On Monday, The Guardian reported that White House aides have done everything they can to try to talk outgoing President Donald Trump out of pardoning himself or members of his family on Tuesday, his final full day of office, when he is expected to release a final list of over 100 pardons and commutations.
"White House officials say Trump has privately debated with aides whether he should take the extraordinary step of issuing a pardon for himself. Some administration insiders have reportedly warned against a self-pardon, arguing that it would make Trump look guilty," reported Martin Pengelly and Luke Harding. "On Sunday, Trump met his son-in-law Jared Kushner, daughter Ivanka Trump and senior advisers to thrash out a lengthy list of pardon requests, the Washington Post reported. The meeting took up much of the day. The president was personally engaged with the details of every case, it said."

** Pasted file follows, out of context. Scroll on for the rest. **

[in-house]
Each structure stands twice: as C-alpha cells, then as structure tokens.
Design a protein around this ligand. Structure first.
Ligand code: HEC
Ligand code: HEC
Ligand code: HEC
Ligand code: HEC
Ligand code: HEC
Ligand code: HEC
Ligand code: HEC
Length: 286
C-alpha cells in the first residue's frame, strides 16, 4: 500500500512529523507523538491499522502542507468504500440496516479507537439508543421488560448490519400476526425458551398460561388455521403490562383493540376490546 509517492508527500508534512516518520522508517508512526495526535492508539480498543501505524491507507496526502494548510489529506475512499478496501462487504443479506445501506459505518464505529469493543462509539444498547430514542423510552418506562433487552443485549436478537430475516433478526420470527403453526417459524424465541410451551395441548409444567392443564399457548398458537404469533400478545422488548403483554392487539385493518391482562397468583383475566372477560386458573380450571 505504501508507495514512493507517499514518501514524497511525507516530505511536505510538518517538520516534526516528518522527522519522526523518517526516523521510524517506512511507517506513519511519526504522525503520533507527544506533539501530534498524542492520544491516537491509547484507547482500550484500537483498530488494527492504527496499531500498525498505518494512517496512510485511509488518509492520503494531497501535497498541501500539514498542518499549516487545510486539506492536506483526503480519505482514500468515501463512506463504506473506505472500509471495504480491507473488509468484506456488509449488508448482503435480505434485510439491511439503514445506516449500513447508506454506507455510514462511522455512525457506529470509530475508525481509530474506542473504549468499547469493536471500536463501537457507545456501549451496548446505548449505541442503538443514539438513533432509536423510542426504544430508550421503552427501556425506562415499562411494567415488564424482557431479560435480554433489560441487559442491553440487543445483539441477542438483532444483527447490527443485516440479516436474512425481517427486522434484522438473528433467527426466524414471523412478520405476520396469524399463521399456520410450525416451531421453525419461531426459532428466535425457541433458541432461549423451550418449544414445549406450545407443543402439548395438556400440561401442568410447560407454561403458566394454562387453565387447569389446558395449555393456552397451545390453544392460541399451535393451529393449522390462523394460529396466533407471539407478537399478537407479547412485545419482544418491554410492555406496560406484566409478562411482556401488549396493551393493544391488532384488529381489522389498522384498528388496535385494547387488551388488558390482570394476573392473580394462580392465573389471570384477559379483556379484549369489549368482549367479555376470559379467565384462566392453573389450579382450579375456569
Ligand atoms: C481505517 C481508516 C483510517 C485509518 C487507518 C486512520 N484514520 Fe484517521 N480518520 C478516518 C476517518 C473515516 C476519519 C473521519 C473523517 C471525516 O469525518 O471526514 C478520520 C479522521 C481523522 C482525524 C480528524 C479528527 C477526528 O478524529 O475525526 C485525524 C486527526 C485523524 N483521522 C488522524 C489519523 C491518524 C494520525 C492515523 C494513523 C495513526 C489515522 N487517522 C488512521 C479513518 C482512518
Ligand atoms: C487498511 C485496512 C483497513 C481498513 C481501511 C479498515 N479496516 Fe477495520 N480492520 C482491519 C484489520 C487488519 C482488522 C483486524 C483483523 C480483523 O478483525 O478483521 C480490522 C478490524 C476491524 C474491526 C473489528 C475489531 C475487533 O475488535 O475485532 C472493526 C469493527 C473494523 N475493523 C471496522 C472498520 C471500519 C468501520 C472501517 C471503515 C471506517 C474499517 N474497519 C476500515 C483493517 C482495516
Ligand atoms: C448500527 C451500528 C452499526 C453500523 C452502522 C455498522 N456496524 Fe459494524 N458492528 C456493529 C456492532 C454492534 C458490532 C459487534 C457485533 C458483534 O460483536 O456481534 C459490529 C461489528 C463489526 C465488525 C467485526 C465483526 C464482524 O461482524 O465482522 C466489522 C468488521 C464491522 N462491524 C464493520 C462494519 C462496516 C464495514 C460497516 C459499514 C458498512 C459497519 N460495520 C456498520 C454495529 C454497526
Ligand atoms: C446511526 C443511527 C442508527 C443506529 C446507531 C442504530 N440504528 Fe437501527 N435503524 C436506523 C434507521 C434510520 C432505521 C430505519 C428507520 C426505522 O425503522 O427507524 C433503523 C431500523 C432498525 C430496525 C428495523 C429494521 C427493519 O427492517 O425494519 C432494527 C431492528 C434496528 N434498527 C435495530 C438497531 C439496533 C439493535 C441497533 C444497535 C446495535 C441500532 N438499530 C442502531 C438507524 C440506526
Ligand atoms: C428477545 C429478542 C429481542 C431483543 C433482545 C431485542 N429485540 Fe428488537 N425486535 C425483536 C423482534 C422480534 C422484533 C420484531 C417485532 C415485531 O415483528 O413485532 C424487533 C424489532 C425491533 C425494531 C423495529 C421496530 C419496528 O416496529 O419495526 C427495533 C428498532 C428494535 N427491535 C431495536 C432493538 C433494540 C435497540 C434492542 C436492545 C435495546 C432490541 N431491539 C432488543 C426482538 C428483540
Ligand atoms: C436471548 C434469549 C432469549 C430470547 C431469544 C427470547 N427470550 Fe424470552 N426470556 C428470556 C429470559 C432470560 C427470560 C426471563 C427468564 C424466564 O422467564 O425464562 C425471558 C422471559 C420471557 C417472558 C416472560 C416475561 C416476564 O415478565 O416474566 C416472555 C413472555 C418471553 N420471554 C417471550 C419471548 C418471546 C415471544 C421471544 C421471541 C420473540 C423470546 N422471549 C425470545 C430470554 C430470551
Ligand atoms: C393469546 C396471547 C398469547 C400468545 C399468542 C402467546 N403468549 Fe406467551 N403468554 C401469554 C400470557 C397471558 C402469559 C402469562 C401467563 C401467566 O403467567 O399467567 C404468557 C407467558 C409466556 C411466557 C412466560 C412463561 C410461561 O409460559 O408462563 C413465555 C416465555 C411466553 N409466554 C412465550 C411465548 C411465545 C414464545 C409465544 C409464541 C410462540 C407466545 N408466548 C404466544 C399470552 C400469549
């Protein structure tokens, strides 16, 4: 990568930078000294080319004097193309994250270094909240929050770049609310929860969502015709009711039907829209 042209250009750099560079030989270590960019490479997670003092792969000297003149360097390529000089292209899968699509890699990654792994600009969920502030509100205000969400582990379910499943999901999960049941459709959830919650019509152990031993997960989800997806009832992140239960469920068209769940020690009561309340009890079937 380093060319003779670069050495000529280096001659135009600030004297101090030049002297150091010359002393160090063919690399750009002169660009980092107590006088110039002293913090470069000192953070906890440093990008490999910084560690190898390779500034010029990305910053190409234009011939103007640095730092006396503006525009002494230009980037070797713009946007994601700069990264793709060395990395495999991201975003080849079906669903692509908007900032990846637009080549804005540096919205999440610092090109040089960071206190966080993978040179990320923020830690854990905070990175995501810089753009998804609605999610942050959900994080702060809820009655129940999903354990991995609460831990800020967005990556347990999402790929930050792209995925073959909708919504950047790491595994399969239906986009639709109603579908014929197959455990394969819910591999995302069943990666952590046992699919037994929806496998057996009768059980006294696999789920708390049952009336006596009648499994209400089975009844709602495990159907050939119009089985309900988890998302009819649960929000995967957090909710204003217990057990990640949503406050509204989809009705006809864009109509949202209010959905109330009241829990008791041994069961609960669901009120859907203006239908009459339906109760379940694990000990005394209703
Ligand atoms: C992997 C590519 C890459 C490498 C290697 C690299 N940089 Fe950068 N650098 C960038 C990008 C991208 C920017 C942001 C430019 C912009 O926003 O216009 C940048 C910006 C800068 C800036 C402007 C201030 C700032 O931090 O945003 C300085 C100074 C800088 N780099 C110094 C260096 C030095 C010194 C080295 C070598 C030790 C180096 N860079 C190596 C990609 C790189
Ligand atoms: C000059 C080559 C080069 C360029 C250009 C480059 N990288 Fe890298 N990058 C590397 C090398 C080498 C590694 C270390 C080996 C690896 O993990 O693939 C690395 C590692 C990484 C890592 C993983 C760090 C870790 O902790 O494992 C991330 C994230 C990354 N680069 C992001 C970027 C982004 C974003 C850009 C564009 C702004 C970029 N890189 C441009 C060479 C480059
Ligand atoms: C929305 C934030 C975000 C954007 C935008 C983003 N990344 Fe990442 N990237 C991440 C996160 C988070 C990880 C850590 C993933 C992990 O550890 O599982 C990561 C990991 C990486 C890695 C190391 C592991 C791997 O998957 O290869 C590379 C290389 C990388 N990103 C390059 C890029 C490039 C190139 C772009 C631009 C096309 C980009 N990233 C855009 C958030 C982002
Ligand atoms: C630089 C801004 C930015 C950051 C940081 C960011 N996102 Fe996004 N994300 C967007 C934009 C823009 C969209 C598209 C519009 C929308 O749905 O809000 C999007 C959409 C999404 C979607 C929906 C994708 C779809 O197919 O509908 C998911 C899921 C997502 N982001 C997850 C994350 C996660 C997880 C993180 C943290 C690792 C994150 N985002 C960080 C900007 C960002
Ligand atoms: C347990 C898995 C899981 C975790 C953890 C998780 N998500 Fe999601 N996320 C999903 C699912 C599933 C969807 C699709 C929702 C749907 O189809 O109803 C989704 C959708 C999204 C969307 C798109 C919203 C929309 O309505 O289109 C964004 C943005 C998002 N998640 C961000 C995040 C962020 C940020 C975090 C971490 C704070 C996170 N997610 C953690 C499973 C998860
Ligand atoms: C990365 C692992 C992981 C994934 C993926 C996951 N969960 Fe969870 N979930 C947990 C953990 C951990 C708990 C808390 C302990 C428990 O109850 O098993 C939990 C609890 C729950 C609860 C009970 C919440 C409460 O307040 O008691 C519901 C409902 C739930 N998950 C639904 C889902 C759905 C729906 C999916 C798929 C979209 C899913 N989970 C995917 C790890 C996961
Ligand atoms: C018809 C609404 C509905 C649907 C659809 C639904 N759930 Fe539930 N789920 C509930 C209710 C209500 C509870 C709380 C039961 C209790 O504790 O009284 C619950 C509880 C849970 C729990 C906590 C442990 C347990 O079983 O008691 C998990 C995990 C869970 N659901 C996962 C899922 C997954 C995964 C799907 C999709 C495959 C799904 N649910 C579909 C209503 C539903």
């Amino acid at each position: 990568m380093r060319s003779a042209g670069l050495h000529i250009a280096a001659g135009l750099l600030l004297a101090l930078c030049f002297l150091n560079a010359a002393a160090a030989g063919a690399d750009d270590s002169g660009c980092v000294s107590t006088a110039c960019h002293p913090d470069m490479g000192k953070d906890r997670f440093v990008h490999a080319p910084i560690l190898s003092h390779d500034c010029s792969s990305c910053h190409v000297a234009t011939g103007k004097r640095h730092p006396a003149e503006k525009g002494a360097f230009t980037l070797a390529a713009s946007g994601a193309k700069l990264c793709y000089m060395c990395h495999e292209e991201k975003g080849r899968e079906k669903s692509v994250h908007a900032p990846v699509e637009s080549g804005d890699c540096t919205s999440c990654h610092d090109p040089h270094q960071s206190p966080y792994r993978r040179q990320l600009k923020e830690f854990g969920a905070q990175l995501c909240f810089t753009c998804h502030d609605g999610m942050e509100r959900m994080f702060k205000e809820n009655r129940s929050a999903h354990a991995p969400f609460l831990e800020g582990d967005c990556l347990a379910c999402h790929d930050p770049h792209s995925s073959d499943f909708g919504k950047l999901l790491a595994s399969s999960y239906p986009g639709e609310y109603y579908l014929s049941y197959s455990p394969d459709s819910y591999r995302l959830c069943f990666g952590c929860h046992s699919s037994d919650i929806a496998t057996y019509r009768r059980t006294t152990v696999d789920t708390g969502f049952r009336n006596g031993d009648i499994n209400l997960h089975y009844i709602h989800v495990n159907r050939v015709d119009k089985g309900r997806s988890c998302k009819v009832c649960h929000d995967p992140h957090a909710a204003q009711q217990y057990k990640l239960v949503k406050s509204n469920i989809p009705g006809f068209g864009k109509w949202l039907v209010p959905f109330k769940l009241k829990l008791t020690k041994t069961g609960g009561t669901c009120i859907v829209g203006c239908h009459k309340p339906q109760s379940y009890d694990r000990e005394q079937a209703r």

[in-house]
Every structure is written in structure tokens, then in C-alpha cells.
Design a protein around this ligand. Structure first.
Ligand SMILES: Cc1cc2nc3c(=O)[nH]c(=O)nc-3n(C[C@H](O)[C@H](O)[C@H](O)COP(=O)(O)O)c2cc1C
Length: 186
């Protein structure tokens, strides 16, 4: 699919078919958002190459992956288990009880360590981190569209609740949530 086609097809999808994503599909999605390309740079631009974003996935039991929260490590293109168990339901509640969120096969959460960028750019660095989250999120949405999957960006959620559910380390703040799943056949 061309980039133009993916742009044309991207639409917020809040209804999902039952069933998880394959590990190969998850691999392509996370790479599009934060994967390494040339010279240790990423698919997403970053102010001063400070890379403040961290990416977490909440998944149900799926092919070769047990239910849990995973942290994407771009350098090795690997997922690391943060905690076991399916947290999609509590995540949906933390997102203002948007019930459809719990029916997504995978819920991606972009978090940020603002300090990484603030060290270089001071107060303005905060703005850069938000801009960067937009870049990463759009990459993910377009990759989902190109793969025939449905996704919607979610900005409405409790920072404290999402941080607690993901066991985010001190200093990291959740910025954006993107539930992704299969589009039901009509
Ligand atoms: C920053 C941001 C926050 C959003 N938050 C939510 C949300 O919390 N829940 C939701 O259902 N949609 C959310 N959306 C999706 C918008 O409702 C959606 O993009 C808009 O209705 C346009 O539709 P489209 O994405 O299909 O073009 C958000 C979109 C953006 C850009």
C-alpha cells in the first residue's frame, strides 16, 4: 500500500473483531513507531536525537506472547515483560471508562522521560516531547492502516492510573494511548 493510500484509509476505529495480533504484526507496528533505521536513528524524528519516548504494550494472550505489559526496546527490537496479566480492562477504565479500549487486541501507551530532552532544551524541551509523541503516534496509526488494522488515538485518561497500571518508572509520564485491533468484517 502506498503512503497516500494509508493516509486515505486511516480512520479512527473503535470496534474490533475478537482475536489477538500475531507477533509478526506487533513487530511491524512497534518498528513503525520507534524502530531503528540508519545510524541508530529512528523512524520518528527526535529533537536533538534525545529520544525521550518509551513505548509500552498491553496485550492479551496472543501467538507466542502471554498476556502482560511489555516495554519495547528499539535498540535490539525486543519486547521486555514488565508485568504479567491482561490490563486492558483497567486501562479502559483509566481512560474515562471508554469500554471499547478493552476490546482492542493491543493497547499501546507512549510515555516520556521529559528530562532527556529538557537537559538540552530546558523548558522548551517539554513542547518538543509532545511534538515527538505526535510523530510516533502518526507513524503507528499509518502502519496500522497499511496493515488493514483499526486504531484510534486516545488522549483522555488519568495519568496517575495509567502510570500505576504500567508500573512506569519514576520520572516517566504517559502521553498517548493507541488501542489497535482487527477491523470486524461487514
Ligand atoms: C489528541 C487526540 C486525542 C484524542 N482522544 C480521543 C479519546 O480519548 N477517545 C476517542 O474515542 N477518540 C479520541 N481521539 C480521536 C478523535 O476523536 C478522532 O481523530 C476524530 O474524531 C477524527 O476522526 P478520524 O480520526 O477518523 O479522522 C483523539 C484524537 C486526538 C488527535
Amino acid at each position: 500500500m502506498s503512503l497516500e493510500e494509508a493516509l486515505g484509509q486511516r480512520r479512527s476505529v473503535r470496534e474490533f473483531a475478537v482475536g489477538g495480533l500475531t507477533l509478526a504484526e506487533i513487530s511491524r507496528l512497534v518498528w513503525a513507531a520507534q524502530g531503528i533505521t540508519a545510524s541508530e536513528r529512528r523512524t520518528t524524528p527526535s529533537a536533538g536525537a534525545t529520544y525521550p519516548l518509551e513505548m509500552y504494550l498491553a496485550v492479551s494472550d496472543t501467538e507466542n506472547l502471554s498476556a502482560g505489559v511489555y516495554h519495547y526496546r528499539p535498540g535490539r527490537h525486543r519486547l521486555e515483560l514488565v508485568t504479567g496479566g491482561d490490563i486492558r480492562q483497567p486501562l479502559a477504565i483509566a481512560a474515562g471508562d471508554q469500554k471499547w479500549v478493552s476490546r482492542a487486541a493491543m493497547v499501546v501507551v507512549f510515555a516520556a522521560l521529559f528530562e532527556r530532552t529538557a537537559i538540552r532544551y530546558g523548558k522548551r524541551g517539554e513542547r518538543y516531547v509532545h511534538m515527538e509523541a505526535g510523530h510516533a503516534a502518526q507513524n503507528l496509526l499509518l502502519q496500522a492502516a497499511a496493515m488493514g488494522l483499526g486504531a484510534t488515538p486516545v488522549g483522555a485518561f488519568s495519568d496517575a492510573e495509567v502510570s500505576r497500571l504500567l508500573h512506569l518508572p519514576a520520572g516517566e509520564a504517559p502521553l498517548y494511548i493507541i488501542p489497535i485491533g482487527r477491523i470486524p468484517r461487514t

Another consideration, according to reports, is that Trump would open himself up to civil suits for the damage and suffering caused by his conduct if he were to pardon himself of potential crimes.
It is not known who Trump plans to pardon, but it is expected to be a mixture of relatively noncontroversial pardons for nonviolent drug offenses, as well as more politically-motivated pardons of allies and white-collar criminals.